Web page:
Guest post by Mark Bono, who was adopted as a child.
Mark and his biological mom – reunited!
I’m 47 years old, and I’ve gone my whole life knowing I was adopted. I grew up in a supportive family with two adoptive parents and two siblings, but every time I looked in the mirror I didn’t see the same features of the family I grew up with had. As a kid this didn’t bother me much, but later in my life something started to cultivate inside me. I realized I needed to find my biological family.
When I was 24, I opened my heart to the possibility of finding my biological family. I tried the hospital for any records of my mother, but there was no trace of her. I still wanted to find her, but after my experience I was so discouraged and distraught that I put the thought of finding her away.
During the next two decades I got married, I did what I wanted to do with my life and became successful. However, every now and then, while watching a lifetime movie about some crazy family reunion, I couldn’t help but wonder where I got my height from or my big forehead. I just felt as if something was missing.
I started wrestling with my past. I wanted to be proud of where I came from and know why I have certain mannerisms. I had no biological connection to anyone. I couldn’t help but come back to the thought of, “Why was I not loved and why was I not wanted by my biological family?” This frustration within my heart and the lack of answers had caused conflict in my life and within my relationships.
I thought maybe I’d go my whole life with my family out there and never meet them. All I knew was that my parents were from Jacksonville. I feared maybe they were dead or perhaps they are horrible people. Maybe they are poor or sick. Maybe our reunion would resemble something like a Jerry Springer show.
But then in 2013, I talked to my wife and finally decided that I wanted to find my biological identity for certain. We talked first to a private investigator who led us to resources, including the Florida Adoption Reunion Registry (FARR). Hopeful, I mailed in my FARR registration and expected to maybe hear something in the next few months.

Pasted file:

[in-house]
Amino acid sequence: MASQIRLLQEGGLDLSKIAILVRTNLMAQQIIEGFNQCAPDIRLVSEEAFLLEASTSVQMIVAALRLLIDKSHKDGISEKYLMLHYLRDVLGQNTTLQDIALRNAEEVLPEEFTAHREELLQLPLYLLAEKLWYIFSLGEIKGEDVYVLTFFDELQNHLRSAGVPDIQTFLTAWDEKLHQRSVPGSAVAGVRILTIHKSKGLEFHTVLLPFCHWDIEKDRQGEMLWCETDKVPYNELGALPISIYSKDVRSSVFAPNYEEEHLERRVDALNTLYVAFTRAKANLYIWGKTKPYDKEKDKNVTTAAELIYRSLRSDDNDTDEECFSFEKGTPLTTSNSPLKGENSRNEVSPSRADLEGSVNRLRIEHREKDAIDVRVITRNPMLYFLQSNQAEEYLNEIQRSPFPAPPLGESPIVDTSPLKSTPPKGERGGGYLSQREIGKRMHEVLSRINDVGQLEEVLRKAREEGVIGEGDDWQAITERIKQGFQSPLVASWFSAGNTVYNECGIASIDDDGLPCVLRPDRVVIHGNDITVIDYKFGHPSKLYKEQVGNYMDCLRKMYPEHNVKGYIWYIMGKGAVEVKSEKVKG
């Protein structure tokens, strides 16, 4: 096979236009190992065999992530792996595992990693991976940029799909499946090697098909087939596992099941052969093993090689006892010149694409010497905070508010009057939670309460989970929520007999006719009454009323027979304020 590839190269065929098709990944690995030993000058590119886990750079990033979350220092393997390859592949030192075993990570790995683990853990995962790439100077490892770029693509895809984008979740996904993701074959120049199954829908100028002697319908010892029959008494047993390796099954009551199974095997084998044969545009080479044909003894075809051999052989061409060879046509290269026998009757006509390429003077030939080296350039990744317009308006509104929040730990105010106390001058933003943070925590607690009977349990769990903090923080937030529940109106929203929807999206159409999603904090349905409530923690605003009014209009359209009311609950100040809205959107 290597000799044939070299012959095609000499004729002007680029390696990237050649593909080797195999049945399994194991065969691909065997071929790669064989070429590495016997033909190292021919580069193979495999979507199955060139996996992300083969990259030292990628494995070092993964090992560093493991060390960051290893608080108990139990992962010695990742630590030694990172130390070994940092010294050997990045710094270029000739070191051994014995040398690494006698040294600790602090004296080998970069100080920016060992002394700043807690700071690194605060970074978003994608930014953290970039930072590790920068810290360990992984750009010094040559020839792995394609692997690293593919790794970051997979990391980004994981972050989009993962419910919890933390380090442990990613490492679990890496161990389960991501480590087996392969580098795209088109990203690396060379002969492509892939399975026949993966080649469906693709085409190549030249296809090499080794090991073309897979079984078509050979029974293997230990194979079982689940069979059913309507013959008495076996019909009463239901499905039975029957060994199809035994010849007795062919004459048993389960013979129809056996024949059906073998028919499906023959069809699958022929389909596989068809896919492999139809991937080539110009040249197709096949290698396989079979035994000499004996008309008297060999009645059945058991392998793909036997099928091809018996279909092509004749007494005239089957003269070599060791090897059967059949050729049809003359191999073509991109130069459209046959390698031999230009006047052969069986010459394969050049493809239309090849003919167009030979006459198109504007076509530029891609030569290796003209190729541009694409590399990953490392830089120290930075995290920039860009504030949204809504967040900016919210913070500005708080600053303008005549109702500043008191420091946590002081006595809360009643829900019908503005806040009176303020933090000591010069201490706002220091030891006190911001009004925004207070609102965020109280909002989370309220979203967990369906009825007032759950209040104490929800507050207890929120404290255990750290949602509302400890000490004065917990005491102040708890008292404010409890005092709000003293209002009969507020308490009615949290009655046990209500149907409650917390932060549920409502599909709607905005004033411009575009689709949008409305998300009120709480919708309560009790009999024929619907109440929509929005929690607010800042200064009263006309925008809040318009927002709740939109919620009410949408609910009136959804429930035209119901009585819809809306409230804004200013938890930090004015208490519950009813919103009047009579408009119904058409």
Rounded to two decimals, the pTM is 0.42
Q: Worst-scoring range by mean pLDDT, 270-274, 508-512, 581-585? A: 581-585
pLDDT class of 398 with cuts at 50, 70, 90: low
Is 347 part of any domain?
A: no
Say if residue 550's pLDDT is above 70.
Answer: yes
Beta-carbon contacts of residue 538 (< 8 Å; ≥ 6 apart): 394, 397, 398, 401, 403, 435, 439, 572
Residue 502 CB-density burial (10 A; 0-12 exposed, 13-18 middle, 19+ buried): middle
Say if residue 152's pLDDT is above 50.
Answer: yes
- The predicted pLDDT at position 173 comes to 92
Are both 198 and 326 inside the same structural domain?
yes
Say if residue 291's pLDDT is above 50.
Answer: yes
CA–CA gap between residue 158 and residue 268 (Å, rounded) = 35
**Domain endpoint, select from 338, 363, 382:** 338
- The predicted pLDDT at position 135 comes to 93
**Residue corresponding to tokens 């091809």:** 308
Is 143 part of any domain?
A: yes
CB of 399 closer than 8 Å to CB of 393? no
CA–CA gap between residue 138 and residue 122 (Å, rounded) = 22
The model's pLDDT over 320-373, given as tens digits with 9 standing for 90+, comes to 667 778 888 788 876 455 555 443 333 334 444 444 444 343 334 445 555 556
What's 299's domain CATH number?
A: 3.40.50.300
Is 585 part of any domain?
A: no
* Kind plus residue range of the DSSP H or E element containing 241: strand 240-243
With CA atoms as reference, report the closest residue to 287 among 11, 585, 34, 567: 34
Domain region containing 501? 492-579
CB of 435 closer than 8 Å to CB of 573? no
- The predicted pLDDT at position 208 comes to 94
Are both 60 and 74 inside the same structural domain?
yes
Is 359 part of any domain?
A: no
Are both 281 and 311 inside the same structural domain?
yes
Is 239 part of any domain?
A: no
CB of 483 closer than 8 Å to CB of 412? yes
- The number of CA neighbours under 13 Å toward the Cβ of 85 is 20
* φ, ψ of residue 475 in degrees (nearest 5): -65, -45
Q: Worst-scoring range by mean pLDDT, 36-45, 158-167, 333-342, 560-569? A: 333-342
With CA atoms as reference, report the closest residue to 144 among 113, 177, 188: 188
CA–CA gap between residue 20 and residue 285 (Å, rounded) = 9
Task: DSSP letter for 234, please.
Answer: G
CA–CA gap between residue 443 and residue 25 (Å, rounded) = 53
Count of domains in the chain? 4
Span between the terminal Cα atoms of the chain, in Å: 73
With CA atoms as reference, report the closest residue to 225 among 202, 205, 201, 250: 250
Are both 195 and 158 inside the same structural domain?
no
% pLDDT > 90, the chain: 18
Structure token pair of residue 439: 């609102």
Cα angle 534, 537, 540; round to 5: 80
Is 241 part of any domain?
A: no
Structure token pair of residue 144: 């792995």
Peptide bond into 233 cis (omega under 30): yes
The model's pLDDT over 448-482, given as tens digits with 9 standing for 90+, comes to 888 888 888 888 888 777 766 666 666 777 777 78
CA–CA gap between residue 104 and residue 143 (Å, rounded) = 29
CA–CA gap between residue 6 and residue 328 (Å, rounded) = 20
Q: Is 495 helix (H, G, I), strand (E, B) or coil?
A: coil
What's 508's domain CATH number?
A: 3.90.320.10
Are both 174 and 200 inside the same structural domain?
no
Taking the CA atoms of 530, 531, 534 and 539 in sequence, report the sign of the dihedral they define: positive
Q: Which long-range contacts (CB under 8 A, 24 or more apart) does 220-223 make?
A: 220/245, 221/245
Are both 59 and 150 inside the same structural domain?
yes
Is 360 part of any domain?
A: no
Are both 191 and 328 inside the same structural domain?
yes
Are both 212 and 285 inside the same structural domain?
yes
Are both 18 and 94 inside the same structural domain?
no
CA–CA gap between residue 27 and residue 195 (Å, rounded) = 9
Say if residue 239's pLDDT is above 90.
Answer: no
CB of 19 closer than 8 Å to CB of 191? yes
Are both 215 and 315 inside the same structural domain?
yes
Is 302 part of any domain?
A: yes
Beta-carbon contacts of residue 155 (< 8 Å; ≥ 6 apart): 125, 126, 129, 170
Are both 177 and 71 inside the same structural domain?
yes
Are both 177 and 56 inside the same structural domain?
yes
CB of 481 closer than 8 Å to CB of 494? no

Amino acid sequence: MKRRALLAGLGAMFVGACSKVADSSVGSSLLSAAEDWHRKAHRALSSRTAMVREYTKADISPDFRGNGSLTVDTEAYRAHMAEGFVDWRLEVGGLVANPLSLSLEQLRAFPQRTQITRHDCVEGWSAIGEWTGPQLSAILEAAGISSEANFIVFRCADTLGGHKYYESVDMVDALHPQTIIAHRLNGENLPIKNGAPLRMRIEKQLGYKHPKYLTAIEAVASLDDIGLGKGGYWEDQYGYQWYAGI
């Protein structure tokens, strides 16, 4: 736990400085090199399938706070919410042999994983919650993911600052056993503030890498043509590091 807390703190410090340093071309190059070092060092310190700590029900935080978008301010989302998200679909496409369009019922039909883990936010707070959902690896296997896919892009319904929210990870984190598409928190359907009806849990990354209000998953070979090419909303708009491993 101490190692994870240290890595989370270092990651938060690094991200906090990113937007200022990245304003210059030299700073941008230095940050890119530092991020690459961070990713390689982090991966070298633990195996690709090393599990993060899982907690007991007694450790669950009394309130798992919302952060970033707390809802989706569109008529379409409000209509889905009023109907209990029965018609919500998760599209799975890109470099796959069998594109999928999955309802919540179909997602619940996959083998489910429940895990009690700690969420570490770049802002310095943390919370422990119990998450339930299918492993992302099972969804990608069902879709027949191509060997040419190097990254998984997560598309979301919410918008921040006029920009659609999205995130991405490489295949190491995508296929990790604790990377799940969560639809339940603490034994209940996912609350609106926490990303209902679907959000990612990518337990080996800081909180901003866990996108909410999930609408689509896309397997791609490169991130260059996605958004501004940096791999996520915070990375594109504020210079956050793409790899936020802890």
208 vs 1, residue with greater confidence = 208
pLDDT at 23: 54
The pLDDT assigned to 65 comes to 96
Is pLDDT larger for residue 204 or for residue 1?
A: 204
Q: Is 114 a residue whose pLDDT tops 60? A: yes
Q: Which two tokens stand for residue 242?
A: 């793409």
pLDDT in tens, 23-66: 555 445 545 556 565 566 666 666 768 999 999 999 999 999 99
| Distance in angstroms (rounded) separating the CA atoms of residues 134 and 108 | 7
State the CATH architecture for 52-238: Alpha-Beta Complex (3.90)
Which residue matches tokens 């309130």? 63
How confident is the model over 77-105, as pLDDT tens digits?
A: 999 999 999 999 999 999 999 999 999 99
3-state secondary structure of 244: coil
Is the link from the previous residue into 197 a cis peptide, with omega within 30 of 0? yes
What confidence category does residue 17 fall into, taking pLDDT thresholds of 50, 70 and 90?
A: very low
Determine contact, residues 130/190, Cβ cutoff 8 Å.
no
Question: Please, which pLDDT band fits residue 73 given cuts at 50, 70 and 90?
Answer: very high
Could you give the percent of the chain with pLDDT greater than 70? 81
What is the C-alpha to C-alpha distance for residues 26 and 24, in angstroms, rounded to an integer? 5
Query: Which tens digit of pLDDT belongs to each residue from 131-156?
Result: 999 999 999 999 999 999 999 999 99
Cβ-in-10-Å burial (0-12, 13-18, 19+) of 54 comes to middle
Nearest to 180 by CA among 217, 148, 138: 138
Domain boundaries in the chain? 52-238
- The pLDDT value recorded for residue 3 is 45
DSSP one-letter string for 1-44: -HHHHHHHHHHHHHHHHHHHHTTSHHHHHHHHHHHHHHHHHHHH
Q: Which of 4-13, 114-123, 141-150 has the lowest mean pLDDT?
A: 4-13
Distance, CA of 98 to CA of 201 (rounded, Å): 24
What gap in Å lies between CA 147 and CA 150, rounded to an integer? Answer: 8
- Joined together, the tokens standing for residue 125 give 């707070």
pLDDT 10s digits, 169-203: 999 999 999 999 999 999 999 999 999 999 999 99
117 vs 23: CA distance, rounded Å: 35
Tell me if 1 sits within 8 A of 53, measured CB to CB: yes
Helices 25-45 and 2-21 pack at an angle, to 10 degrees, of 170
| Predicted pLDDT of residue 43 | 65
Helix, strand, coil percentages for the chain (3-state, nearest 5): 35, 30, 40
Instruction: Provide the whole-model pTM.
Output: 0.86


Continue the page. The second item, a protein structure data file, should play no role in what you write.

Days later I got a call back from the woman helping me with my case. She said that she found records of my mother and she’s trying to get in touch with her. In that moment I was so excited, yet it was tough not knowing what to expect next. But that afternoon, the woman from FARR called again and told me that they contacted my mother and that she was interested in talking to me.
The phone rang on my way home from work with a Jacksonville area code. I knew it had to be her. I picked up and heard my biological mother’s voice say, “Mark, this is Angela.”
That night, my mom and I talked for seven hours, only taking breaks to use the restroom. I found out that she was a nurse at the age of 69, and lives in a nice home near the beach with my aunt and she has a lot of siblings. We caught up about each other’s lives and before hanging up, I asked her what I needed to know my whole life. I asked why she gave me up.
She told me that she fell in love with my father in the mid-1960s. Six months after they started dating, she found out he was married and had a family of his own. After getting pregnant with a married man, she couldn’t bring herself to tell her family, so she decided to move in with her sister in South Florida during her pregnancy and give the baby up for adoption. She said she thought it was the best decision for the child.
That weekend, my wife and I drove up to meet her and my aunt in person. Meeting on the phone was life-changing in itself, but meeting her in person was a whole different story. That missing piece was fulfilled. When I look at her, I can tell I’m her son.
To my surprise, I met my mom, my aunt and many other family members that weekend too. In just a short time, I went from having no biological family to meeting 10-12 people who looked like me, talked like me and shared my genes. Over the next few months, while back in Tampa, I kept meeting new family members though the phone. I found out that I have 10 first cousins around my age—all who are accepting of me as part of the family. It feels like I had been there all along.
Eventually, I needed to introduce my adoptive mom to my biological mom. I had to learn how to integrate both of these women in my life. I still call my adoptive mom ‘Mom’ because she was and is, and always will be the woman who raised me. I call my biological mom ‘Angelina,’ since that is how we met as grown adults.
Now, my family is bigger than ever. I know I can’t get back the time I spent in my life without my family, but I take every chance to talk and be with them that I can. My story continues as I find more family members, including my dad. I hope that I can meet my half brothers on his side one day. But until then, I will embrace all the new ties I have to my family members and the family who raised me, making as many memories with them as I can.